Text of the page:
When he's "in a good place" cognitively, he can carry on a conversation with only slight gaps in flow. He can listen to and understand books, television, people talking ...

But sometimes he'll try and try to answer a direction question, and nothing that comes out makes sense. 

And he's aware of that.

And it sucks.

As you can imagine, taking care of a grown man in these ways while parenting, maintaining the home, and wearing all my other hats has been exhausting and trying. This week, Ian's mom graciously agreed to take Ian to her home for a change of scenery for him and pace for me. I was burning out. I needed the respite. 

This Friday is our next MRI. We will discuss with the doctor all the regular stuff (has the tumor grown? how is he tolerating chemo? what about his decline in cognition?*). It's also possible we will be exploring alternative treatment centers, out of state. 

Please pray for us as we navigate the every-changing new normal, and make wise decisions regarding his care and our path as a family.




*All these things can cause cognitive deficit: swelling, tumor, radiation (ie, dead and continued dying tissue from radiation treatment), chemotherapy affects, shunt failure/pressure.

Monday, March 14, 2016

Even Less Sugar: Head Smashed In, Can I Help You?

Well hello, again, from the sprawling complex of Shadyside hospital, in downtown Pittsburgh.

Yesterday, I was having a bad morning. I had a week to prepare for, and felt super behind; laundry was piling up, the fridge was bare, all the paperwork ... oh, and some other things are brewing, but that's another post for another day ... 

Anyway, after getting us all to church (where Ian gave a prayer during service), I decided to reach out to friends and see if they would host my family for a few hours while I got my head on straight and my house somewhat in order. The last thing I needed was constant interruption to derail my energy and train of thoughts, and the last thing THEY needed was Angry Mommy, barking orders and insisting they go play in traffic. I know I make it sound like they're a torrent of needs, and that is far from true. Still, I was in such a crabby mood ....

Our friends were available! and graciously accepted my three for an afternoon of movies and munchies.

I got a Mocha at Starbucks and headed home. 

I should have known when I immediately flipped the coffee upside-down in the car it was going to be a terrible, horrible, no good, very bad day.  

I went in the house and grabbed a tablet of large paper and a fat marker. I made a page for the day and started to scrawl my to-dos, vowing to make the most of my day of energy and silence. I had about 30 items down, to do or delegate, when the phone rang.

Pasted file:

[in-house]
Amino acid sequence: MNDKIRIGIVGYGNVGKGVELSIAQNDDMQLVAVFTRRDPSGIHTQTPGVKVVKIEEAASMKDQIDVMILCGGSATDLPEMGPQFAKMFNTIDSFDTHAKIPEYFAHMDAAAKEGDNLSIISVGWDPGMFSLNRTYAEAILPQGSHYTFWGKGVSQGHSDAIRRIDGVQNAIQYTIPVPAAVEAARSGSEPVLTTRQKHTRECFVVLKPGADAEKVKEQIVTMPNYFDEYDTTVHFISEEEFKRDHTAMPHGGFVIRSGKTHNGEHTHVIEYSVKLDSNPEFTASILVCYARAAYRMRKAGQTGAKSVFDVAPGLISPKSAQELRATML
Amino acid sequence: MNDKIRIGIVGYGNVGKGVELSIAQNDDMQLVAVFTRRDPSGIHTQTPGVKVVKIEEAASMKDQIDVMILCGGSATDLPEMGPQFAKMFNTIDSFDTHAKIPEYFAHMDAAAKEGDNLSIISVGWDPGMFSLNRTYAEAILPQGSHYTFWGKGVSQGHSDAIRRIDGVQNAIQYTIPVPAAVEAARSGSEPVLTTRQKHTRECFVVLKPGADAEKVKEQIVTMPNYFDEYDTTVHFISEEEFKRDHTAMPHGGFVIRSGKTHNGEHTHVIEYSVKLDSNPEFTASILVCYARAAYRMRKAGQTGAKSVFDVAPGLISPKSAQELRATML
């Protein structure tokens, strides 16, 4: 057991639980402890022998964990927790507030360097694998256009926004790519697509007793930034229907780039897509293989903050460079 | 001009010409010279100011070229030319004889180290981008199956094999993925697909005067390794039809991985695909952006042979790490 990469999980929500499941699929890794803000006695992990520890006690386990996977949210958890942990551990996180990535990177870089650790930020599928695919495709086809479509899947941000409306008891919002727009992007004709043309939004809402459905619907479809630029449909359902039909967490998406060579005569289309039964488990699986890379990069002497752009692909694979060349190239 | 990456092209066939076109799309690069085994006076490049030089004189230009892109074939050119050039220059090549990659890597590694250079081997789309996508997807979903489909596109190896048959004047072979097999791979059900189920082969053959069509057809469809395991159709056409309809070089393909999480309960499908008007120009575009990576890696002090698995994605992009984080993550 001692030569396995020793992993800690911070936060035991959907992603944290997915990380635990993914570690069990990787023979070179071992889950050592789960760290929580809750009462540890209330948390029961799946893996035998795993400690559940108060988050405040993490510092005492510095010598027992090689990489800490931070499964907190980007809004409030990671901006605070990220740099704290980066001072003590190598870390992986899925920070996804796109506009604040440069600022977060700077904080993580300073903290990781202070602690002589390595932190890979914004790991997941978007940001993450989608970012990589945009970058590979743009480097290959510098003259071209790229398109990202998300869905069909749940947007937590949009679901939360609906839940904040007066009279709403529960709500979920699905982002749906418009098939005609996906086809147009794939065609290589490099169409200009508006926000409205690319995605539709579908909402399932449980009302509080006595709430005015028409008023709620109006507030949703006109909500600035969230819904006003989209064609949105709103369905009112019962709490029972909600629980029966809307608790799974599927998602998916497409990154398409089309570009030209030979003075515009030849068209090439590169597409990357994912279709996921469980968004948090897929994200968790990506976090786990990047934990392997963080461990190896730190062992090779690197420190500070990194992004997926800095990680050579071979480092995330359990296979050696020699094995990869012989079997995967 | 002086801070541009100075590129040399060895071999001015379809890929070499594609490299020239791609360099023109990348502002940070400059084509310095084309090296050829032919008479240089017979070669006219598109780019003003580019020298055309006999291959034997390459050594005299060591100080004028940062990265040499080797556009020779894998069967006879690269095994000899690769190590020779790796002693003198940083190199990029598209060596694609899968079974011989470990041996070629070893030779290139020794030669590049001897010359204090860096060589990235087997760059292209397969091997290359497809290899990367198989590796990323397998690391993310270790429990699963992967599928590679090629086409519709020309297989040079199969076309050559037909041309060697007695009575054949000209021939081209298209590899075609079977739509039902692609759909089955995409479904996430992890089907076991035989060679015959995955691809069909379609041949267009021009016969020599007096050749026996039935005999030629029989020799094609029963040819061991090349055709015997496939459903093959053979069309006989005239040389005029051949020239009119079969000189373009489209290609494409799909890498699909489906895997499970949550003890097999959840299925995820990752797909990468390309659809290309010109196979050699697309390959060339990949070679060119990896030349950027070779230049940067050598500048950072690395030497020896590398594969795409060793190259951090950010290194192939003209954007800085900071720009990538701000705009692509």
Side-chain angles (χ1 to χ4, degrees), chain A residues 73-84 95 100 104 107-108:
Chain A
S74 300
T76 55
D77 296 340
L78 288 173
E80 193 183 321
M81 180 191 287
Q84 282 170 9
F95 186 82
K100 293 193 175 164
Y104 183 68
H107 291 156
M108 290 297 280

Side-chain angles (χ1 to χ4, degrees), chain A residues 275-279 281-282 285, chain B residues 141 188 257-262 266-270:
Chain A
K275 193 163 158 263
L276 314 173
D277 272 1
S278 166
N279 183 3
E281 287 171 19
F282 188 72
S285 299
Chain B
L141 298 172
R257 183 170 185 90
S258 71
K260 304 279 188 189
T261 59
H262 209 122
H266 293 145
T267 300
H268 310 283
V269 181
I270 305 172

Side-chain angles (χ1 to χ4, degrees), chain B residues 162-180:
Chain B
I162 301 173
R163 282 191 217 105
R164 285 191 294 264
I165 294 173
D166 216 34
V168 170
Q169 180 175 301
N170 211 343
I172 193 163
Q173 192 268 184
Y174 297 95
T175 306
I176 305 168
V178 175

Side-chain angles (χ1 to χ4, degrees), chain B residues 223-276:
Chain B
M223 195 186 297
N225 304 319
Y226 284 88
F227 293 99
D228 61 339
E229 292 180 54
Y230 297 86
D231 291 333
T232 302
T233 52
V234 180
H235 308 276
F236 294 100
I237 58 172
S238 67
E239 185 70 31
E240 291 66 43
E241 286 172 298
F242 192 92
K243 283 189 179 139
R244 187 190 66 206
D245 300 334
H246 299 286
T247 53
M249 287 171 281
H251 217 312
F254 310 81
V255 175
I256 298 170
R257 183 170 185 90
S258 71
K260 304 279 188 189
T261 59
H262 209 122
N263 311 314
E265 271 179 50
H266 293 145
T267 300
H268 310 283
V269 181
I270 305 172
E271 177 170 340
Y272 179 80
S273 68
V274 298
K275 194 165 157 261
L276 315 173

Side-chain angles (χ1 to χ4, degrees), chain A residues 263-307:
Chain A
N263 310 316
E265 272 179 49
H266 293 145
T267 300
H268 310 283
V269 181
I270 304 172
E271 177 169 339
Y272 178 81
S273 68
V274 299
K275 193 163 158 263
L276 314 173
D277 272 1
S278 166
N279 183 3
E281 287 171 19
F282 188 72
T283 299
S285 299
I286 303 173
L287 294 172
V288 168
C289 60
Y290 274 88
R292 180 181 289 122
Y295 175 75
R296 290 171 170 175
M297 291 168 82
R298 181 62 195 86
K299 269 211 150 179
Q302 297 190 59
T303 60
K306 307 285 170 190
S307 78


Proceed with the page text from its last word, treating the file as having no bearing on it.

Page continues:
"What's up, hon?"

"Well, Ian fell. He's okay, but he's bleeding, so you better come over."

"Where is he bleeding from?"

"His head."

My apologies to the residents of Beaver, PA, as I believe I broke a land-speed record to get those five blocks. Stop signs were ignored.

I arrived to see a pleasant-enough Ian sitting calmly on the stairs, blood splattered on his clothing, with a towel being held to his head. My kids were merrily watching the movie on the other side of the room. 

The towel was removed.

I am not a weak person. I do not have a weak stomach, and the sight of blood and head wounds obviously doesn't phase me much.

However, in that moment, pretty much the entire weight of the past 9? months of surgeries and infections came crashing down. 

The ONE thing he couldn't do - fall and hit his head - had been done. And right along the old incision site was a brand-new, deep wound.

WARNING: wound picture at the bottom of this post. 

So it was ambulance and vitals and arrangements for the kids and circling around to the house for the OSB (see post to follow) and off to the local ER. He had a CT scan, which showed "a spot" they felt COULD be blood, so they wanted to keep him overnight, staple his head, and observe him to be sure the spot wasn't active bleeding. 

They called his team in Pittsburgh, and as we can safely assume will always be the case, they wanted to see him in person. So it was another chariot ride to the city.

Of course, all of this took hours, and I'm sparing you the painful waiting.... and waiting... and waiting... (you're welcome).

At the new ER, doctors contacted Ian's neurosurgeon, who happened to be on call. He was able to evaluate and do the sewing up himself. The scans, upon review, didn't show anything NEW; over-cautiousness is never a bad thing, and thankfully it meant a reassuring visit from the "Main Guy" who himself stitched things up. 

Dr. A said that conditions were "not ideal," both in the amount of time the wound was exposed and the facilities in which he was forced to do the sewing, but that the wound itself looked good and because this time we aren't on extra chemo, wound healing should go more quickly.

So at around midnight we ended up in a suite on Floor 6 - waving hello to everyone there who knows us well. I went across the street to "sleep" at the Family House.

Today they say he'll probably head home. I won't ever hold them to that, but since it's a sew-up and wait-to-heal situation, it's at least possible. 

Antibiotics will be the rule of the day, to prevent OHMYGODINFECTIONAGAIN and we'll of course be in wound-care mode. But otherwise ... he's fine, we're fine ... just keeping things exciting around here. 



THIS IS YOUR FINAL WARNING. IT'S NOT PRETTY.
























Thursday, February 25, 2016

Even Less Sugar: Plugging Along

It's been over a month since my last update here. Oops.

As of Ian's last MRI, the tumor seems to be stable. There COULD be a small decrease in size, but these things are minute and fluid, so we're not hanging any hats on that notion yet.



This was really, REALLY difficult, and took
us about 30 minutes. The directions had to be
explained a few times (after "reading" them
himself he started writing whatever that says
in red), and it didn't make sense to